Thirty years of controversial service to the Saint Lucian community and Rick Wayne’s spirit remains undaunted. From the pages of the STAR and from the TV screen, to say nothing of his radio interviews, he speaks loudly about matters most would only whisper about in privacy. More often than not his statements are political. But Rick Wayne has also been a mentor and friend of many local journalists.
He seems never to tire of reminding young and old about the value of reading, whether for pleasure or education. He insists that it’s not possible to be a writer worth reading unless the wannabe writer habitually reads. Rick Wayne will be the first to admit he enjoys reading and writing as much as he enjoys talking, especially about books and the craft of the writer. Bodybuilding is also a pet subject, which comes as no surprise considering his history.
On Tuesday evening this week, the Saint Lucia Forum of Writers afforded Rick Wayne the opportunity to address his favorite topics before an appreciative audience at the Central Library in Castries. The emcee introduced him with obvious pleasure, noting along the way that the evening’s guest had been more than once Mr. Universe, the author of books on bodybuilding and local politics, not to say countless newspaper articles. He expressed surprise that when he invited Rick Wayne to submit a bio, what he received in return amounted to less than thirty lines. Who’d have imagined a modest Rick Wayne?
Before he got down to reading, he named as early inspirations the late James Baldwin, Norman Mailer, Gore Vidal, Truman Capote and others still alive and writing. It must’ve surprised many in the audience when he included local journalist Guy Ellis. But the writer whose name Rick Wayne repeated over and over was none other than the recently deceased Derek Walcott. “Saint Lucians have never really appreciated Derek Walcott,” he said, over and over, describing him as a mentor, an advisor and a cherished friend.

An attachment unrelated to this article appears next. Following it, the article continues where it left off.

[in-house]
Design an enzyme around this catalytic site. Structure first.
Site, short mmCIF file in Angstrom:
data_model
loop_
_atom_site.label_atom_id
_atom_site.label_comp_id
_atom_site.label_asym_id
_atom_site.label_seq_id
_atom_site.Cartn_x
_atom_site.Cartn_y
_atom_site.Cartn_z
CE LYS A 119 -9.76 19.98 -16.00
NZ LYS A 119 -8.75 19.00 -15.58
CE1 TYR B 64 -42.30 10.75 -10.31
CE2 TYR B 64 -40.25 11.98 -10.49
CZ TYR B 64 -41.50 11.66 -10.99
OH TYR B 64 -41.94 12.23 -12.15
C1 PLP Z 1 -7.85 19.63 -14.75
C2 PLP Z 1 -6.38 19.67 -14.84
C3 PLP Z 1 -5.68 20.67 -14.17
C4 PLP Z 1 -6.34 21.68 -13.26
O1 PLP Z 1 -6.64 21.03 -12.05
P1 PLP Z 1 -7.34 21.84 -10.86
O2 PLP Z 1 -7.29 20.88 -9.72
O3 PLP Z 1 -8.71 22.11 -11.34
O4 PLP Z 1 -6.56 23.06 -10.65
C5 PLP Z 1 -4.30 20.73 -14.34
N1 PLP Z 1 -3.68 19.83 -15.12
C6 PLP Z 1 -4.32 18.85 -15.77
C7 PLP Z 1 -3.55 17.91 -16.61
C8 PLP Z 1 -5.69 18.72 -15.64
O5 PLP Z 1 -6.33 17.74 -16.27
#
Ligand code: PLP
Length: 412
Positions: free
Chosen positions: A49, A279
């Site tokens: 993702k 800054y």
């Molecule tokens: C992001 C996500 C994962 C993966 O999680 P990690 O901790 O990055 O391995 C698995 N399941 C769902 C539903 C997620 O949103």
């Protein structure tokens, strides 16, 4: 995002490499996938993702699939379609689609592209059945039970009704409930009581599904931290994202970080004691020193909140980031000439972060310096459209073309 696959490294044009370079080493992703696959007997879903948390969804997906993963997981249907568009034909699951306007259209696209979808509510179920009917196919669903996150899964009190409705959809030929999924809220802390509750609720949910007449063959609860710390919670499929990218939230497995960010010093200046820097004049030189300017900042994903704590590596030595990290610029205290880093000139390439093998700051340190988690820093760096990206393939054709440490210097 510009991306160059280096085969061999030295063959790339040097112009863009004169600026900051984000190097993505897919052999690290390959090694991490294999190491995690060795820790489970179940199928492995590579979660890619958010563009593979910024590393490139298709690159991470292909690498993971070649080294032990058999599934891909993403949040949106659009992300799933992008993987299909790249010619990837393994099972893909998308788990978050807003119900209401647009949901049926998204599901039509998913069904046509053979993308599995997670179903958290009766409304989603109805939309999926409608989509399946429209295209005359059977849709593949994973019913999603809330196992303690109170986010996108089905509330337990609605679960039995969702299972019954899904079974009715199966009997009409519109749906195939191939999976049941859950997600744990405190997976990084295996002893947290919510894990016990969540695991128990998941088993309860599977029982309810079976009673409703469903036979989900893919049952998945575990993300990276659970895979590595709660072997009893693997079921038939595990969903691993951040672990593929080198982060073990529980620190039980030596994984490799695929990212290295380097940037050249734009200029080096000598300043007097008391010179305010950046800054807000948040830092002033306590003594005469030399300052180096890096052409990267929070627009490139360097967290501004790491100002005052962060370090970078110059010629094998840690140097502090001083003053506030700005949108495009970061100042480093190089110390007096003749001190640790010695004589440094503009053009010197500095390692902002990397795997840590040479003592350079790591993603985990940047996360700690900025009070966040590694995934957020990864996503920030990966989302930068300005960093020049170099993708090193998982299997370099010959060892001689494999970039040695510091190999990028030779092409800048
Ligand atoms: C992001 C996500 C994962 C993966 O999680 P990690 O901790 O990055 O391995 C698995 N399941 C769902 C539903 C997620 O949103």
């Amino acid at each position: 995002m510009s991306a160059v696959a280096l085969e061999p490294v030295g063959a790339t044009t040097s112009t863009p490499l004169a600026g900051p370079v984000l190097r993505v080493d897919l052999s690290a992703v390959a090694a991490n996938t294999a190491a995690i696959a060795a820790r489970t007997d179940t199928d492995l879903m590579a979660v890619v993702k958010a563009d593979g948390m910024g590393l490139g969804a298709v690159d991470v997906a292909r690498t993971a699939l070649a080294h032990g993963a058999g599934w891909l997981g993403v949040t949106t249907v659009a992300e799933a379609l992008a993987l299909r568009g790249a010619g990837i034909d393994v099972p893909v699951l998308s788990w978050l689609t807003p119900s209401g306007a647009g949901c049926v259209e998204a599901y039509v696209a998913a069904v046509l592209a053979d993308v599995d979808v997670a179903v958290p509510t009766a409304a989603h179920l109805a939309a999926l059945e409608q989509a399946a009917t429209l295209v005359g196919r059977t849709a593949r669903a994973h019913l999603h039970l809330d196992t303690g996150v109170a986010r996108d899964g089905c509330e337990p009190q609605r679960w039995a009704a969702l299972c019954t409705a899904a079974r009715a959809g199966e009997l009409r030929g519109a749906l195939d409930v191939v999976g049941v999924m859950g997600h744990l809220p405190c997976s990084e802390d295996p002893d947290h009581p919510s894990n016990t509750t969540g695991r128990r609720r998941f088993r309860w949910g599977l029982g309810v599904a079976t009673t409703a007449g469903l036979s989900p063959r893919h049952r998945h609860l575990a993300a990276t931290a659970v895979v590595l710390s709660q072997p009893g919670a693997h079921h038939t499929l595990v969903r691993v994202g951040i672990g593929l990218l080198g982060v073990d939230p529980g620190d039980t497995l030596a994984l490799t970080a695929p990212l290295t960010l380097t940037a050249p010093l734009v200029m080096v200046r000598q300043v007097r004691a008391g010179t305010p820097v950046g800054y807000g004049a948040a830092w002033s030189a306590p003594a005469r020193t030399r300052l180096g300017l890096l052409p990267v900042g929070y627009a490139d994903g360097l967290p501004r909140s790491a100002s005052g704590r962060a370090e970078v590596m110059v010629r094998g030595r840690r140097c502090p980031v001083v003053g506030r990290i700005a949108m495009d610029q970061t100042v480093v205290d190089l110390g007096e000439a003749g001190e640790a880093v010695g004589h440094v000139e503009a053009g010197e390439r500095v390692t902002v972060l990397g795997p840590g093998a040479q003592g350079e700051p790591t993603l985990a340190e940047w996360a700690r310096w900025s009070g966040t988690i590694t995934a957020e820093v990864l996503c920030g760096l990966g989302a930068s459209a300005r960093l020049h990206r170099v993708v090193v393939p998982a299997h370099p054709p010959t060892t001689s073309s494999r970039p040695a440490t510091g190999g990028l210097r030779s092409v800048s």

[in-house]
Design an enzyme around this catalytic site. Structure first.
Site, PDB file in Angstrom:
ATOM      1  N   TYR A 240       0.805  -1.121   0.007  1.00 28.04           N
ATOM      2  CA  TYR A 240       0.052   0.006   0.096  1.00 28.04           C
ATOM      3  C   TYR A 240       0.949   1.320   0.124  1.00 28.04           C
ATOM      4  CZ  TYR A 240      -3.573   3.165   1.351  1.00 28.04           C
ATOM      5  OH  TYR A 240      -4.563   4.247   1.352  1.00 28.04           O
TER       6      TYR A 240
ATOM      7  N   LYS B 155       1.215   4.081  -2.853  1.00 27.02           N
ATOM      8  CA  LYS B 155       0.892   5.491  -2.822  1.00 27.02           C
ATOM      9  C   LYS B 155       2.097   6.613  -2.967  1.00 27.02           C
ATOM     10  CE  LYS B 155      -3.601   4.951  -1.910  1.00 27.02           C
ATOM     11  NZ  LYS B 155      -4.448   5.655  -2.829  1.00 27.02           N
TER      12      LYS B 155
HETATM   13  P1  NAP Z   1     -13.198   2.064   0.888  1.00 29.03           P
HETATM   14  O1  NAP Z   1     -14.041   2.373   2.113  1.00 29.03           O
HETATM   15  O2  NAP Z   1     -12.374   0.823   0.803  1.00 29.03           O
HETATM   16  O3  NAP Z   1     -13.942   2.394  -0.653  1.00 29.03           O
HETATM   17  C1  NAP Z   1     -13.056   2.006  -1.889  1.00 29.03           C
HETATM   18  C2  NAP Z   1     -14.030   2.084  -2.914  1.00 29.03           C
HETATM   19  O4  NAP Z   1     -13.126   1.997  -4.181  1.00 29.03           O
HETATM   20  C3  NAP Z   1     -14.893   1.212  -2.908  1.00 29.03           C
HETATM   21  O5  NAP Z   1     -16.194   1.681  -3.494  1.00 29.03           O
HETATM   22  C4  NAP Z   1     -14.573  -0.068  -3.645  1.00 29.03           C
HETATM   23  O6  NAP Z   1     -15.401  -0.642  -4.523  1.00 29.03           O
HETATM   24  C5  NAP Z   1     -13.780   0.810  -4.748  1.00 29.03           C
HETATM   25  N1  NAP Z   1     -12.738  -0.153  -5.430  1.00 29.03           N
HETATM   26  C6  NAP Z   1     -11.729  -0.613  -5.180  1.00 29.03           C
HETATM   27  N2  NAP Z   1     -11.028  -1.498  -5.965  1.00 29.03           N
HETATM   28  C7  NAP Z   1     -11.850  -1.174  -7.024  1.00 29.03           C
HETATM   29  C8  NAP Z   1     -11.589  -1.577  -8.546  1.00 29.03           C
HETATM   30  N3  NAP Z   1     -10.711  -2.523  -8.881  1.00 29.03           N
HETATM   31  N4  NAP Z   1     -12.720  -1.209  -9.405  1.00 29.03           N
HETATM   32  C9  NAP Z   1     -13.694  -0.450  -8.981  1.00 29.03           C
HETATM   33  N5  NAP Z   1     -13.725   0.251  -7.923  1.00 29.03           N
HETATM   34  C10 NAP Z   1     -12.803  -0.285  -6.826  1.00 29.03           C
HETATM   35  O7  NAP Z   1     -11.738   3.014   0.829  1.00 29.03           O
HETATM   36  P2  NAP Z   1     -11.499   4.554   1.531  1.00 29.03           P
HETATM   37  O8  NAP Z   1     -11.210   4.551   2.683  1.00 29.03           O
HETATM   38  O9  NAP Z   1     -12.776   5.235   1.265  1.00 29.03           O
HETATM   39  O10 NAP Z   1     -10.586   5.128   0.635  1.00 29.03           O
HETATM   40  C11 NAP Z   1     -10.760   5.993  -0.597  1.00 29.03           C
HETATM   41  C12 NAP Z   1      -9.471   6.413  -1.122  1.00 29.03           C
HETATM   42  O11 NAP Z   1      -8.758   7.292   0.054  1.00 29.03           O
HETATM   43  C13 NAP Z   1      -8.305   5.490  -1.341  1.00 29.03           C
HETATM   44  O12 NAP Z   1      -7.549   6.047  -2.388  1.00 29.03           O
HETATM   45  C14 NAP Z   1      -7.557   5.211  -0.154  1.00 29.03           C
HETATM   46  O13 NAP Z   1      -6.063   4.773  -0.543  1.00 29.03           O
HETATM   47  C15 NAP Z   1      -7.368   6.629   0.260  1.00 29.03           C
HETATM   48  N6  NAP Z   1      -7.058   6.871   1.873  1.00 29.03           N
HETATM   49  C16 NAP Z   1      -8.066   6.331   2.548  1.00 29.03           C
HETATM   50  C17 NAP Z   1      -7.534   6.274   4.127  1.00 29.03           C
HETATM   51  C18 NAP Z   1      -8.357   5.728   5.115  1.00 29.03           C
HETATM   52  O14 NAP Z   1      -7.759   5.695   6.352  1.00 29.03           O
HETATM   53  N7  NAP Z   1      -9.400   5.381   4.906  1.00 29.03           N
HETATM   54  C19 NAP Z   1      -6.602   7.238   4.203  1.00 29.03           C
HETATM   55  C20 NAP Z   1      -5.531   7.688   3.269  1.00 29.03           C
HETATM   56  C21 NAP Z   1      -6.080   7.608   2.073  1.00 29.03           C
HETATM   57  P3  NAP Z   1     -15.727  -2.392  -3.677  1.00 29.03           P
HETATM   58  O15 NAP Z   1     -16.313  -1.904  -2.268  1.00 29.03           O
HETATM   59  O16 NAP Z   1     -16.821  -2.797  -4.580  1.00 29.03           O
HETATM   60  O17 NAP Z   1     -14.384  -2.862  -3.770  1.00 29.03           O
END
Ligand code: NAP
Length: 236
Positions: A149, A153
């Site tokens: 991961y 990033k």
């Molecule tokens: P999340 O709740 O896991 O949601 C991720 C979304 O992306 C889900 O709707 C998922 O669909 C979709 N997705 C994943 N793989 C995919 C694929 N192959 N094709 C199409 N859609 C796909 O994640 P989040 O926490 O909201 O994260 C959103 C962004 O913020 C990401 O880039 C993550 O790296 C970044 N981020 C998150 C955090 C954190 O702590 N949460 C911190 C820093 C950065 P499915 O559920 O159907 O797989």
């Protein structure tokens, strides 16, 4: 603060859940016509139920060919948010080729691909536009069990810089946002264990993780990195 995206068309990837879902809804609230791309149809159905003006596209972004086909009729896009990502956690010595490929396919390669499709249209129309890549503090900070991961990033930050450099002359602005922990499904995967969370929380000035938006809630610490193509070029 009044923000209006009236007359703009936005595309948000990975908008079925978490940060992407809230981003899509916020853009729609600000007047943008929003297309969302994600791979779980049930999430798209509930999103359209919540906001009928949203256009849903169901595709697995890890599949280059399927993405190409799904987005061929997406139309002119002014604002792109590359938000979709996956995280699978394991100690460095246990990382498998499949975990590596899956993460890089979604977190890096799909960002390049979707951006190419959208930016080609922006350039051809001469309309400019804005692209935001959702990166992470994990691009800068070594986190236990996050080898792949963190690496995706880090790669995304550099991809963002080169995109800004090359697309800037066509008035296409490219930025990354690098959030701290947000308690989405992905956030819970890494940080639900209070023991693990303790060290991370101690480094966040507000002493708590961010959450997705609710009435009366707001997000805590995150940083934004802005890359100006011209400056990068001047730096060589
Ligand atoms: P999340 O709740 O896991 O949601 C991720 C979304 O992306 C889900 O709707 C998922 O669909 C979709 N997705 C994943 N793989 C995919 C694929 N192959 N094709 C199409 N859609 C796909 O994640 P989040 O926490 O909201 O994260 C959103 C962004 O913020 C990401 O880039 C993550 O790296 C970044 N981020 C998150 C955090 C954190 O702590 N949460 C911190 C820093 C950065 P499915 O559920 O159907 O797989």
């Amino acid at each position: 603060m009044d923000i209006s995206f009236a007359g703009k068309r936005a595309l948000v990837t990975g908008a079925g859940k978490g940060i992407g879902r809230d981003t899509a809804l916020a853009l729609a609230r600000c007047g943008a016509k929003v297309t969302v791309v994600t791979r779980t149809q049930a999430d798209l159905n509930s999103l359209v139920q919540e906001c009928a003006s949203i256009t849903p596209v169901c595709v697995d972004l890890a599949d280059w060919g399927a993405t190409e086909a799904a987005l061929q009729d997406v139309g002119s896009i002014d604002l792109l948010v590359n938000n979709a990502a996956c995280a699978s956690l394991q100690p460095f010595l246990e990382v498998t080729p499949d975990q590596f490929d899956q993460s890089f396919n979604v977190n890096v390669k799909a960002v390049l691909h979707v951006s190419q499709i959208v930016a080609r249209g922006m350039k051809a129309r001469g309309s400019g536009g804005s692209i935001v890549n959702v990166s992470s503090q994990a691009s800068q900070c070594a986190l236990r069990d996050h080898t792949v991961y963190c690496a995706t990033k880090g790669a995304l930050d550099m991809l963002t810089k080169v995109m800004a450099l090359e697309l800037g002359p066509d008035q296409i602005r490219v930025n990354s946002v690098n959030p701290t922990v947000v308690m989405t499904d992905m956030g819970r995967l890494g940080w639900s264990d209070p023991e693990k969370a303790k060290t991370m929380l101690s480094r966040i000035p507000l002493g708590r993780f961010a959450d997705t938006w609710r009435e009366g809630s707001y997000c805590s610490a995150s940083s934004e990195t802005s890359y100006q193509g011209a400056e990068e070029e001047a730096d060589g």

Several in the audience said they had turned up at the Central Library primarily to see the man in the flesh and to renew acquaintances. He read from his book It’ll Be Alright In The Morning—written in 1978—and also an artice that appeared in last week’s edition of the STAR. Over and over he stopped when audience laughter or applause interrupted him. Everyone seemed to be having a good time—especially the evening’s guest.
Then came the question and answer segment, and he invited the audience to “ask me anything. Everything is on the table. I have no private existence.” The questions ranged from how he went about doing his work, unpublished biographies, how age had affected his mind and body, the subject of self-confidence, and the way his books and articles proved “the more things change, the more they remain the same,” in local politics particularly. Sometimes there was the feeling the questioners got more than they bargained for. An especially interesting question: “How do you move so easily from red to yellow and back again, over and over? His response: “Sounds miraculous but the truth is I have never been a party member. I liked some people’s policies, therefore I supported them. When they changed, I changed toward them. Simple, isn’t it?”
Long after the programme had ended, much of the crowd stayed on to buy some of the guest’s books, pose with him for selfies, or to just talk!